WATCH: Emily Thornberry grilled by Andrew Neil

Sienna Rodgers

Labour leadership candidate Emily Thornberry volunteered for a grilling by Andrew Neil on his BBC programme on Wednesday evening. They covered a wide range of issues, from Brexit to education policy.

Asked what wrong with the 2019 general election, the leadership hopeful reiterated her view that the key problem was holding it at all and that Labour should have pushed to hold another EU referendum first.

On what her top policy priority would be as Labour leader, she answered that it would be social care – as Jess Phillips said before pulling out of the race – and Neil argued that this would not be “distinctive” to her leadership as all candidates agree with Labour’s current plan.

Thornberry declared that voters did not believe Labour’s green industrial revolution offer, explaining: “If they don’t believe that we can even deal with antisemitism in our midst, they will not believe that we can lead a green industrial revolution.”

Asked about her flaws, she replied: “I get impatient with people”, and then added: “I don’t like disloyalty.” Neil repeatedly said that this was not a flaw of hers, but Thornberry insisted that it was linked to her impatience “with people who leak things”.

Accused of being “the epitome of Remain”, Thornberry replied: “Unfortunately we’re going to be leaving the EU.” She added that “no right thinking person” thinks the government will get a Brexit deal by the end of the year.

She confirmed again that she is pursuing legal action against Caroline Flint over her claim that Thornberry called Leave voters “stupid”, saying: “Yeah, I’m taking her to court… You know, people can have a go at me, but they don’t make up lies.”

The contender was shown a clip of her laughing when Dawn Butler told an event that there was “something wrong with you” if you backed Brexit. Thornberry said: “I was quite shocked… that’s why I laughed.”

Thornberry repeatedly denied that she was “sneering” at Brexit voters, adding: “I really object to this. You know, when they say that I sneer at people, they forget who I am and where I come from.

“You know, it is the Prime Minister who has said that blue collar workers like my brother who’s a builder are largely unemployed, have low self-esteem and are drunk.  He’s talking about my brother. No one says that Boris Johnson sneers at people.”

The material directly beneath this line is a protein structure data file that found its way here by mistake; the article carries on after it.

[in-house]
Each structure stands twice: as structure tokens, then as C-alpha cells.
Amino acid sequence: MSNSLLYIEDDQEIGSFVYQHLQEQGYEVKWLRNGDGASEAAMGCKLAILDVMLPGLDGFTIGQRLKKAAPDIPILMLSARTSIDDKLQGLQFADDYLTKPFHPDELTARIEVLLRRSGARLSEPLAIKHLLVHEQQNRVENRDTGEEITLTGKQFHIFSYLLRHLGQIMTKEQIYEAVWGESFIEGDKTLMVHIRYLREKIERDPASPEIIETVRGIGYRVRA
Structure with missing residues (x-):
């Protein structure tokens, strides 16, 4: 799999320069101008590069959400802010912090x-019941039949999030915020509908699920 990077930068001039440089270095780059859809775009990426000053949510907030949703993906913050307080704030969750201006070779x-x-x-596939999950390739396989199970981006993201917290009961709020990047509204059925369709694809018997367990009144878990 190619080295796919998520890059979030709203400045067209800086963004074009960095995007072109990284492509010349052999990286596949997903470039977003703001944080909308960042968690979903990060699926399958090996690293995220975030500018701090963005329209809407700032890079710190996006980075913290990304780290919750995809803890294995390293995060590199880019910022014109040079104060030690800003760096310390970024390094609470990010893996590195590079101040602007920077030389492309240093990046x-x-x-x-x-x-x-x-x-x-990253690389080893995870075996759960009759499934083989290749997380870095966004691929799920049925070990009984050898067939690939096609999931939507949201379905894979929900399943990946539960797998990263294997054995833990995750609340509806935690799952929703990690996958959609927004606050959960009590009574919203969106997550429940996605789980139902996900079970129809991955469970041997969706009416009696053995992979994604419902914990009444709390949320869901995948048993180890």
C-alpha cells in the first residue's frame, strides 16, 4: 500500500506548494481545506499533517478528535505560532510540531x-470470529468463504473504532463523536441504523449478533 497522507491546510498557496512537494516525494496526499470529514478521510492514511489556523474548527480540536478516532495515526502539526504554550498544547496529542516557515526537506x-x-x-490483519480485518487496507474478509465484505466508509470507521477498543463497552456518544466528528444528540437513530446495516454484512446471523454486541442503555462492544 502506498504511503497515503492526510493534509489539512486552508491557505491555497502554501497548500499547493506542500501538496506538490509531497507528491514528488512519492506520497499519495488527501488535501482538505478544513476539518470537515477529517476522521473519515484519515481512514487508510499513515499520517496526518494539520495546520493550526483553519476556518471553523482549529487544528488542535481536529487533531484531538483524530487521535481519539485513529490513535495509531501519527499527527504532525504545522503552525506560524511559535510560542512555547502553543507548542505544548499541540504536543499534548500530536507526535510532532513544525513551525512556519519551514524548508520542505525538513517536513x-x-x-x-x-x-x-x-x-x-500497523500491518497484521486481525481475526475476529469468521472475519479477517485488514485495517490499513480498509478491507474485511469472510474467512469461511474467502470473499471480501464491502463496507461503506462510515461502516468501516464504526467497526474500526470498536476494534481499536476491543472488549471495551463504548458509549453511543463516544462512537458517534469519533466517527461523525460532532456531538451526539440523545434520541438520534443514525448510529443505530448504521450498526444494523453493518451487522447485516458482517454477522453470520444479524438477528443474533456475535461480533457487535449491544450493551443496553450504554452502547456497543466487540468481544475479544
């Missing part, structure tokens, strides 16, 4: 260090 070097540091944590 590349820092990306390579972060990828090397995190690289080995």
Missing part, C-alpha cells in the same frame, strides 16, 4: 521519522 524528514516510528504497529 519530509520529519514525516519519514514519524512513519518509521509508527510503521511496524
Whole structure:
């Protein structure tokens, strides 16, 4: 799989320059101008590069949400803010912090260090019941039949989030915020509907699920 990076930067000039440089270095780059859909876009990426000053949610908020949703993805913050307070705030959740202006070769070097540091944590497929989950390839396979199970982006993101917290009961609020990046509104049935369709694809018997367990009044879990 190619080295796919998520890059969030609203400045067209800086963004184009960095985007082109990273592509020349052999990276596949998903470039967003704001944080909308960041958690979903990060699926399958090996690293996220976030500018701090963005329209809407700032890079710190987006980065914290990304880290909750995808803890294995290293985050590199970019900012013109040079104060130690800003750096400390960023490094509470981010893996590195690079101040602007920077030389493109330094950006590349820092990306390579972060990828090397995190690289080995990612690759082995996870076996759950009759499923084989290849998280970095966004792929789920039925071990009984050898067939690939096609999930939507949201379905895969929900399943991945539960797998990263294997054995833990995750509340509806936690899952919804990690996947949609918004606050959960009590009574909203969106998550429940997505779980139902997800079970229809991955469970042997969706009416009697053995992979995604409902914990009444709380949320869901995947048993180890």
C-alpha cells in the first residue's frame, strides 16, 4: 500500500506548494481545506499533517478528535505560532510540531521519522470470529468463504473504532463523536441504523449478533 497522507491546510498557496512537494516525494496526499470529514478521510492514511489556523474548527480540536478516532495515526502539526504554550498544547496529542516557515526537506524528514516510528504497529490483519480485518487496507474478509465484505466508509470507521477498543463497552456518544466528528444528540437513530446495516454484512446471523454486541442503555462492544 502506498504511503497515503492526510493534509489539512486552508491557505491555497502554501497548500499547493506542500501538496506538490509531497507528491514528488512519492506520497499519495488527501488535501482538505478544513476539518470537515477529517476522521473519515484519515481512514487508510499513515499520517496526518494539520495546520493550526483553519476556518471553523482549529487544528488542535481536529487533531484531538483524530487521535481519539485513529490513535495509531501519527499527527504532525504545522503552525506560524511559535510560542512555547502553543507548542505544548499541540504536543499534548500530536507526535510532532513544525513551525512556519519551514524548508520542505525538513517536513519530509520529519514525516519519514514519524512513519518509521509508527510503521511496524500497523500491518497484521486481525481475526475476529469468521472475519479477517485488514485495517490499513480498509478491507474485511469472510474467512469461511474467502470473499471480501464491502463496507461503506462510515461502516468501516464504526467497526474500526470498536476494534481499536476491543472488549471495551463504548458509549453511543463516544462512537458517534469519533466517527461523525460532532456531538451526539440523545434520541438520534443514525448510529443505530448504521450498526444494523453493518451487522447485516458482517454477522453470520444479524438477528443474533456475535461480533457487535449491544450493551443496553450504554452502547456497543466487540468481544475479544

She raised the Channel 4 focus group in which participants who voted Tory in 2019 and Labour in the past appeared to favour her candidacy. “When I talk to people from outside the Westminster bubble, they know that I listen and they know that I learn from people,” Thornberry said.

But Neil presented YouGov polling that showed Thornberry her favourability rating with voters as -15. The candidate said: “I haven’t seen it before so I don’t know what it is.”

In the quickfire round of questions, Thornberry:

  • Wouldn’t commit to continued freedom of movement (“it has to be subject to negotiation and we have to keep an open mind on it”)
  • Wouldn’t scrap HS2;
  • Wouldn’t scrap Trident (“it would cost more to scrap it now than to continue with it”);
  • Said she “would do anything to protect our country” when asked if she would use Trident;
  • Does not support open selections or mandatory reselection;
  • Confirmed she would renationalise rail and mail, but did not agree on water, energy or broadband.

She replied “I believe in a comprehensive system” when asked about the role of selection in the state school system, but Neil pointed out that she sends her son to a partially selective school.

After arguing with Neil about whether it was a partially selective school or a comprehensive, Thornberry concluded: “As a mother, I will never apologise for doing the best for my kids.”

Asked about the view expressed by the Board of Deputies that “Shami Chakrabarti’s report was a whitewash”, Thornberry said she did not agree, saying: “They were wrong about Shami’s report.”

She insisted that she would gain enough local party nominations to get through to the final round of the leadership contest, telling Neil: “I’m up and down the country talking to members at the moment and it’ll be up to the members in the end.”

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